Actor Alexander Ognivtsev performing Boris Godunov at the Bolshoi TheaterAlexander Konkov/TASS
For example, after the untimely death of Ivan the Terrible's last son, it was not clear who would rule the country. And so, Boris Godunov was chosen by unruly crowds on Red Square.
In his drama in verse, the brilliant poet Alexander Pushkin popularized the historical plot of how the Time of Troubles came to Russia, and what Godunov felt at the moment when he was blamed for the death of Ivan the Terrible's son, successor to the throne, and whose place he took.
Screenshot from 'The Master and Margarita' seriesKinopoisk
Satan, pretending to be a foreign diplomat, visits Moscow and confounds people by fooling them with his magic. At the same time, he signs a contract with a beautiful woman and makes her host of his devil’s ball.
The very interesting book will teach you how not to be snookered, how to identify dark forces, and even tell you a few things about Jesus Christ.
Actor Rolan Bykov as Akaky Bashmachkin in 'The Overcoat' movie, 1959Sputnik
Nikolai Gogol won't lead you to Dostoyevsky's depression. Read Nevsky Prospect, a story depicting characters that you might meet on the city's main street. Yes, Gogol wrote in the 19th century, but we are sure you’ll also see some of those types and faces today.
The Overcoat tells the story of a poor state worker, a typical Petersburg person whose main treasure, a new coat, was stolen. Don't forget to laugh with the phantasmagoric Nose (and meet a monument to the nose at 36 Voznesensky Prospect), and you’ll feel a little horror with the story, Portrait; (compare it with Oscar Wilde's The Picture of Dorian Gray, which was written long after Gogol).
Actor Andrey Mironov as Ostap Bender in 'The Twelve Chairs' movie, 1976Kinopoisk
These coauthors will make you laugh no matter what book you read. They have a funny short story called Football fans, which depicts Soviet people’s love for the game, and how the youngest to the oldest (and even Communist Party officials) forget what they’re doing in order to go see a football game.
The Twelve Chairs is probably their most famous book, about two frauds traveling across Russia looking for chairs that are said to have diamonds hidden inside. If you don’t have time to read, at least watch the Soviet movie by the same name!
Linden alley in Pushkin museum-estate in Pskov Region called 'Kern' under the name of the poet's beloved womanVladimir Savostyanov/TASS
We can imagine that many foreign men are already looking for a Russian beauty on Tinder. (And we expect that as there were quite a few "Kids of the 1980s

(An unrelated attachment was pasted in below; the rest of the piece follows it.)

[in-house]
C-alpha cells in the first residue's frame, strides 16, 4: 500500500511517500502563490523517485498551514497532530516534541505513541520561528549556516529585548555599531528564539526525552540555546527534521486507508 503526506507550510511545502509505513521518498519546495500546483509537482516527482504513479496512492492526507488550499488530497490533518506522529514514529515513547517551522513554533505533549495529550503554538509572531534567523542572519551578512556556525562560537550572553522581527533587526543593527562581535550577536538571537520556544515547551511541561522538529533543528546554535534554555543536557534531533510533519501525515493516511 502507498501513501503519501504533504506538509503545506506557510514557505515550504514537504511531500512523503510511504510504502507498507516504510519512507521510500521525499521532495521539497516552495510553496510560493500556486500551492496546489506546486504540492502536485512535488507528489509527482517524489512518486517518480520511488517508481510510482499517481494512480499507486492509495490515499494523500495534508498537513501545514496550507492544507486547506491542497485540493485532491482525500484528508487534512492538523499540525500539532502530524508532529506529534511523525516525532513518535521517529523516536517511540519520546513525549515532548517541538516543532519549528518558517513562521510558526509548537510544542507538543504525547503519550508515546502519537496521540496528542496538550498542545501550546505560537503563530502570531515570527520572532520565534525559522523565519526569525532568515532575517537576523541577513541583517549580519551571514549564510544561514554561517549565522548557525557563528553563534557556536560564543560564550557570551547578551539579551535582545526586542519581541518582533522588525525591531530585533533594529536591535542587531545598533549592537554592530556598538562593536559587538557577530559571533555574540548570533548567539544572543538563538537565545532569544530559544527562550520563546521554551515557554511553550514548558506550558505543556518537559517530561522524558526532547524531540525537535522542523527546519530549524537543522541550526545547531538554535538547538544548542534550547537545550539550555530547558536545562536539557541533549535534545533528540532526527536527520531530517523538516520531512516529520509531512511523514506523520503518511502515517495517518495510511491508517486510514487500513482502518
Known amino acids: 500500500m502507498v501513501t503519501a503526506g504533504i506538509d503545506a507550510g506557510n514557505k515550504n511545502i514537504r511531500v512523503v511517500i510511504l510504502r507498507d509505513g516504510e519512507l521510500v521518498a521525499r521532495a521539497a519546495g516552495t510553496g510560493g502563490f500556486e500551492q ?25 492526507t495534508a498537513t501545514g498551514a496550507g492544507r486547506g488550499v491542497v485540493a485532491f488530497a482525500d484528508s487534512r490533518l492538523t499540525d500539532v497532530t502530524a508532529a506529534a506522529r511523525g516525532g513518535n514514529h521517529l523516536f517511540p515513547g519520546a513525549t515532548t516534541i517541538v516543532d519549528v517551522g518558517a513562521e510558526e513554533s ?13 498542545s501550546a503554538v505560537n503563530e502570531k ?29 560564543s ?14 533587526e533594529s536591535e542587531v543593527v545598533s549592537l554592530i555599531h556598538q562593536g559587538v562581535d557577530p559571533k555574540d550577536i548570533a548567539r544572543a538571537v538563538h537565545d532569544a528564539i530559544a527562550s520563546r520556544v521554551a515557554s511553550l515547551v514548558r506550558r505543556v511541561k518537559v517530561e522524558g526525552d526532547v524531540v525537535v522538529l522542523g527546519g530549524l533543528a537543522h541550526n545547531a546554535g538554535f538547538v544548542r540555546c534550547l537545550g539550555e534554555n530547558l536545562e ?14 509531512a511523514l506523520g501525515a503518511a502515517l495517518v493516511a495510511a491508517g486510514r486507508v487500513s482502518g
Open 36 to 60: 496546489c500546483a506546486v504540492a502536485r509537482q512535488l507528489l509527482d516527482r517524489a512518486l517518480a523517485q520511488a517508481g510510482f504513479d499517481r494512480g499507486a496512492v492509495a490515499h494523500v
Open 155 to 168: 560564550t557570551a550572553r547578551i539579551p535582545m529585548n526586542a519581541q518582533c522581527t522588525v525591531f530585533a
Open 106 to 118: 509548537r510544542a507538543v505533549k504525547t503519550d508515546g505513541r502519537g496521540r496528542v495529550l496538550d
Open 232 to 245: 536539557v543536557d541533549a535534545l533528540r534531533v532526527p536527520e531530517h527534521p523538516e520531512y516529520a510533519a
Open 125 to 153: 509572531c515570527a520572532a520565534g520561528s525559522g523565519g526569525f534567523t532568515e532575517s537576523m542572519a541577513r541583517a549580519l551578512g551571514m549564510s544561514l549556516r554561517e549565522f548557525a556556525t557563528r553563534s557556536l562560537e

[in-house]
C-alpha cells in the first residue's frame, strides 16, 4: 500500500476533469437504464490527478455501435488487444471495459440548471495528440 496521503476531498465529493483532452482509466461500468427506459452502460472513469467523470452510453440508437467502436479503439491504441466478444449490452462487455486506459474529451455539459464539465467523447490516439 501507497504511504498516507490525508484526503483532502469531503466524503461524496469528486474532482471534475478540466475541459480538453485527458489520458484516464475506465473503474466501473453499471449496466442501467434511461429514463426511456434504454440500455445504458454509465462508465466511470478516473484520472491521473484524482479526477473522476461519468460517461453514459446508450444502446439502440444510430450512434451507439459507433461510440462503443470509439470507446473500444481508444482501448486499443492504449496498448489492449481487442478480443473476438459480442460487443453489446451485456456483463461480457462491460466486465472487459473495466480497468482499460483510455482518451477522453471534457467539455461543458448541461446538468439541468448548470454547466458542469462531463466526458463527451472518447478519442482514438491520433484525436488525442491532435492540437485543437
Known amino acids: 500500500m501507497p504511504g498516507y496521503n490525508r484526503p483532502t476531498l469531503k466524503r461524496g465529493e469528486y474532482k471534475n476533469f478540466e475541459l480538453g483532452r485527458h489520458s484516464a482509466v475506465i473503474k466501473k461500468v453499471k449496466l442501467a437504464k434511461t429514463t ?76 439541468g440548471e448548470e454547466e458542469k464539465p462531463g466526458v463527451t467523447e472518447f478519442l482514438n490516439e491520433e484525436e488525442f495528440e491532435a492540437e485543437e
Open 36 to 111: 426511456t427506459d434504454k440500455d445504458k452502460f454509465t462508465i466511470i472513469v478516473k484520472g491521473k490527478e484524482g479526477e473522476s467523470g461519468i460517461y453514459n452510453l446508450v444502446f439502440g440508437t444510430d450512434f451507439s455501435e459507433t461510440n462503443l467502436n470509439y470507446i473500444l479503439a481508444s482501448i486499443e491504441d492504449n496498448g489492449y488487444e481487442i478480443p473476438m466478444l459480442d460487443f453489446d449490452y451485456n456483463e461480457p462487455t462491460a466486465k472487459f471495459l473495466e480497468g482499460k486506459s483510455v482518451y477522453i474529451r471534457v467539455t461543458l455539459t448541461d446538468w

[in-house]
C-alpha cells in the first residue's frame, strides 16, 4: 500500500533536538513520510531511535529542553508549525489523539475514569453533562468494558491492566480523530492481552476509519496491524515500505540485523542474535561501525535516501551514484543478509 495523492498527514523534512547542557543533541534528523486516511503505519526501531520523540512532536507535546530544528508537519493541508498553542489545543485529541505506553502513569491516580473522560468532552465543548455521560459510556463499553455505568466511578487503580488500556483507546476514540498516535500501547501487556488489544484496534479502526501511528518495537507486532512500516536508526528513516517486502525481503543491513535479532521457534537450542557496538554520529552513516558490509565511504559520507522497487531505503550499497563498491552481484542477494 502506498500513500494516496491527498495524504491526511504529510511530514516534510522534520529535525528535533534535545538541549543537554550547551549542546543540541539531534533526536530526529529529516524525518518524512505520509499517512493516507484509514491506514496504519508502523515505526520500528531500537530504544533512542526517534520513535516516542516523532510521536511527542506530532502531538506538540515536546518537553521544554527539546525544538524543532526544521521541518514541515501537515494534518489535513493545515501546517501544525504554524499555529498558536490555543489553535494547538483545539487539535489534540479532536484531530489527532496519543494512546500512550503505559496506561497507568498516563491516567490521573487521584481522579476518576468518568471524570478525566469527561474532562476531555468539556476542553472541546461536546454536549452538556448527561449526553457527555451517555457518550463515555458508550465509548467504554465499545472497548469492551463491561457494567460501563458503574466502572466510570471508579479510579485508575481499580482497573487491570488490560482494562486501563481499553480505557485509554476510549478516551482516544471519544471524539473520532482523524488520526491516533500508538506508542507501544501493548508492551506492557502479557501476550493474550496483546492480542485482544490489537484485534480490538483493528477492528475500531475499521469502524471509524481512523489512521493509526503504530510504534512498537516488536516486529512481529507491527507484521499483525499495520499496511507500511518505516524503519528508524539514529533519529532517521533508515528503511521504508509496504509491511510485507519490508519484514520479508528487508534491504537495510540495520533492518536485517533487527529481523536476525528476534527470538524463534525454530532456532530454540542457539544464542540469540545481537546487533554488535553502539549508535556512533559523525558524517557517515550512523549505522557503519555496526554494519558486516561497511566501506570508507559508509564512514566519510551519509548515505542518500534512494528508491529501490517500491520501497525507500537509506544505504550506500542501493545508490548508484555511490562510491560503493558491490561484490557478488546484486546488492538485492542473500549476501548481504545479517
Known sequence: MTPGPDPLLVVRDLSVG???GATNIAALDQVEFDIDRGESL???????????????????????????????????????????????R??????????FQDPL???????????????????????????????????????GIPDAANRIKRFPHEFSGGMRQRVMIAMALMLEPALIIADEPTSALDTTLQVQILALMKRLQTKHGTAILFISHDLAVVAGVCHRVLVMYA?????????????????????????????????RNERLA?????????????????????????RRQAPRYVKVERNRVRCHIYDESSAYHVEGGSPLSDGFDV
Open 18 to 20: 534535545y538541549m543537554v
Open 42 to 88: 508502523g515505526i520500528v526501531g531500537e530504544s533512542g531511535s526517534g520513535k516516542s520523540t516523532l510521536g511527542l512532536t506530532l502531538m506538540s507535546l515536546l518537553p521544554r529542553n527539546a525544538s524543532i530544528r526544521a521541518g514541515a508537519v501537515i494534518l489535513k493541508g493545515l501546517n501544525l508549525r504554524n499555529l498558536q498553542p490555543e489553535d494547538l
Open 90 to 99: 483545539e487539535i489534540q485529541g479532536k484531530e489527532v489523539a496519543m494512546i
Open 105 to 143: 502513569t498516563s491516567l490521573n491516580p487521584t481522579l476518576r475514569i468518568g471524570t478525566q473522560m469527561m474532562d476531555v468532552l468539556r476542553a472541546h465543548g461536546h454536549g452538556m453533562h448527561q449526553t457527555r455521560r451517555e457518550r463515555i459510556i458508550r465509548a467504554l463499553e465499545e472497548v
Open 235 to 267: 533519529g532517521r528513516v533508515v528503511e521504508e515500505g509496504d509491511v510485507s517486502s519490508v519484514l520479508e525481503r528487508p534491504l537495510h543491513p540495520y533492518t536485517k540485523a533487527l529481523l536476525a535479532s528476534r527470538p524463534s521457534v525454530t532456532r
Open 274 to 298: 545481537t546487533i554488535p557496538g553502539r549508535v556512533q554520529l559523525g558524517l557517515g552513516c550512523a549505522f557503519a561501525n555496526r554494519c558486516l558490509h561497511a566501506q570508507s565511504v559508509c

You can choose the stories to read from the collection, but for sure don't miss The Clean Monday where a woman and a man have a passionate and silent love affair, but then she disappears and he finds her only after several years, though already very much unattainable... Caucasus, Dark Avenues, a short story that gave the title to this collection, is also worth your attention. And there is Light breathing, a story not included in the collection, but which is extremely touching and shows what a Russian woman is ready to do for love.
Vladimir Nabokov in Switzerland, 1965Roman Denisov/Global Look Press
This is the autobiography of the author of Lolita, who was one of the most intelligent Russian writers. He wrote the book in English during his time living in the U.S. This book will make you aware of how people’s lives changed during the turbulent times of Revolution and Civil
By the way, Nabokov was one of those rare Russian writers who played football and loved it. He started in Russia, then kept on playing in college in England, trying all positions but was especially excited about goalkeeping. Here’s what he writes in this book:
"Aloof, solitary, impassive, the crack goalie is followed in the streets by entranced small boys. He vies with the matador and the flying ace as an object of thrilled adulation. His sweater, his peaked cap, his
Hottabych and Volka during a football match: A screenshot from a Soviet movieKinopoisk
This story for children and teenagers is almost unknown abroad, and tells how the pioneer Volka found a magic lamp with a genie. A Soviet boy flying on a carpet and lots of funny fantasy elements will make you laugh, and will also give you knowledge of how young people lived in the Soviet Union.
We advise you not to miss out on the episode where the pioneer comes to a football match with his genie. "Will you, Volka, consider it possible to explain to your unworthy servant what these 22 pleasant young men are going to do with the ball?" Hottabych asks respectfully. What happens next will surprise you.
The book is available online in English.
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